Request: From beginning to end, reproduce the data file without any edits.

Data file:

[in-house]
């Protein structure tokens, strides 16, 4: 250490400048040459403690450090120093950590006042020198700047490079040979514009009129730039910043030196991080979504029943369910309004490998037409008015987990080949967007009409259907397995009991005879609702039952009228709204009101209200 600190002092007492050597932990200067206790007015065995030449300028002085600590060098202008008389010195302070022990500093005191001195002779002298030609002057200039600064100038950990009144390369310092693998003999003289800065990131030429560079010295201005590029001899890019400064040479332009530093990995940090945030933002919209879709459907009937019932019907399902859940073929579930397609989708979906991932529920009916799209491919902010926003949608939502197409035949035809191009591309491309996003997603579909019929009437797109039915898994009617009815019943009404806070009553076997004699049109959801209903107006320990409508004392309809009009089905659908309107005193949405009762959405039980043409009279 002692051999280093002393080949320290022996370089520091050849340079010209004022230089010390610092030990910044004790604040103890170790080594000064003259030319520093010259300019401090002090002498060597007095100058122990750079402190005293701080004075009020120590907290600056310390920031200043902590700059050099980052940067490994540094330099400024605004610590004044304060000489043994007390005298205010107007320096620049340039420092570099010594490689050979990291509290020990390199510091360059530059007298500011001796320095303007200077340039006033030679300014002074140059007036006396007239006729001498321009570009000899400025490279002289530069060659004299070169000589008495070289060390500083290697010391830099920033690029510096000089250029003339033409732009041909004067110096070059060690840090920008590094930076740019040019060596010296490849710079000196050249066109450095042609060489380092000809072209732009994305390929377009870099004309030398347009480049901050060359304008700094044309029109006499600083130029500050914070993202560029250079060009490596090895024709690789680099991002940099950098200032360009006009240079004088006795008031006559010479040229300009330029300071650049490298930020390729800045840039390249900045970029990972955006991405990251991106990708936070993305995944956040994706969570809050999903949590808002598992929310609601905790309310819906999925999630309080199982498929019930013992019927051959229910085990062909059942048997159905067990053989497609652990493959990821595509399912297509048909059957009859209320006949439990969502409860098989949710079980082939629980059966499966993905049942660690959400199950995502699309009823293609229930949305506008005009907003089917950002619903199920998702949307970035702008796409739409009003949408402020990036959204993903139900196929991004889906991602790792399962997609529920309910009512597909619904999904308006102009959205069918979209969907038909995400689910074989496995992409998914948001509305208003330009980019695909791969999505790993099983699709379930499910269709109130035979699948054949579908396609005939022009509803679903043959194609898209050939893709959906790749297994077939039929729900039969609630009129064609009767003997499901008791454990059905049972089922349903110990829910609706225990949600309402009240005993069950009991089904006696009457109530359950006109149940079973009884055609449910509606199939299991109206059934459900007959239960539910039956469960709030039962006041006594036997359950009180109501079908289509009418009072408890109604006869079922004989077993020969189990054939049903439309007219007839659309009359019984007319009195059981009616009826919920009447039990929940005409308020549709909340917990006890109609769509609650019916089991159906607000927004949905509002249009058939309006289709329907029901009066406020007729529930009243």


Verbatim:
[in-house]
């Protein structure tokens, strides 16, 4: 250490400048040459403690450090120093950590006042020198700047490079040979514009009129730039910043030196991080979504029943369910309004490998037409008015987990080949967007009409259907397995009991005879609702039952009228709204009101209200 600190002092007492050597932990200067206790007015065995030449300028002085600590060098202008008389010195302070022990500093005191001195002779002298030609002057200039600064100038950990009144390369310092693998003999003289800065990131030429560079010295201005590029001899890019400064040479332009530093990995940090945030933002919209879709459907009937019932019907399902859940073929579930397609989708979906991932529920009916799209491919902010926003949608939502197409035949035809191009591309491309996003997603579909019929009437797109039915898994009617009815019943009404806070009553076997004699049109959801209903107006320990409508004392309809009009089905659908309107005193949405009762959405039980043409009279 002692051999280093002393080949320290022996370089520091050849340079010209004022230089010390610092030990910044004790604040103890170790080594000064003259030319520093010259300019401090002090002498060597007095100058122990750079402190005293701080004075009020120590907290600056310390920031200043902590700059050099980052940067490994540094330099400024605004610590004044304060000489043994007390005298205010107007320096620049340039420092570099010594490689050979990291509290020990390199510091360059530059007298500011001796320095303007200077340039006033030679300014002074140059007036006396007239006729001498321009570009000899400025490279002289530069060659004299070169000589008495070289060390500083290697010391830099920033690029510096000089250029003339033409732009041909004067110096070059060690840090920008590094930076740019040019060596010296490849710079000196050249066109450095042609060489380092000809072209732009994305390929377009870099004309030398347009480049901050060359304008700094044309029109006499600083130029500050914070993202560029250079060009490596090895024709690789680099991002940099950098200032360009006009240079004088006795008031006559010479040229300009330029300071650049490298930020390729800045840039390249900045970029990972955006991405990251991106990708936070993305995944956040994706969570809050999903949590808002598992929310609601905790309310819906999925999630309080199982498929019930013992019927051959229910085990062909059942048997159905067990053989497609652990493959990821595509399912297509048909059957009859209320006949439990969502409860098989949710079980082939629980059966499966993905049942660690959400199950995502699309009823293609229930949305506008005009907003089917950002619903199920998702949307970035702008796409739409009003949408402020990036959204993903139900196929991004889906991602790792399962997609529920309910009512597909619904999904308006102009959205069918979209969907038909995400689910074989496995992409998914948001509305208003330009980019695909791969999505790993099983699709379930499910269709109130035979699948054949579908396609005939022009509803679903043959194609898209050939893709959906790749297994077939039929729900039969609630009129064609009767003997499901008791454990059905049972089922349903110990829910609706225990949600309402009240005993069950009991089904006696009457109530359950006109149940079973009884055609449910509606199939299991109206059934459900007959239960539910039956469960709030039962006041006594036997359950009180109501079908289509009418009072408890109604006869079922004989077993020969189990054939049903439309007219007839659309009359019984007319009195059981009616009826919920009447039990929940005409308020549709909340917990006890109609769509609650019916089991159906607000927004949905509002249009058939309006289709329907029901009066406020007729529930009243």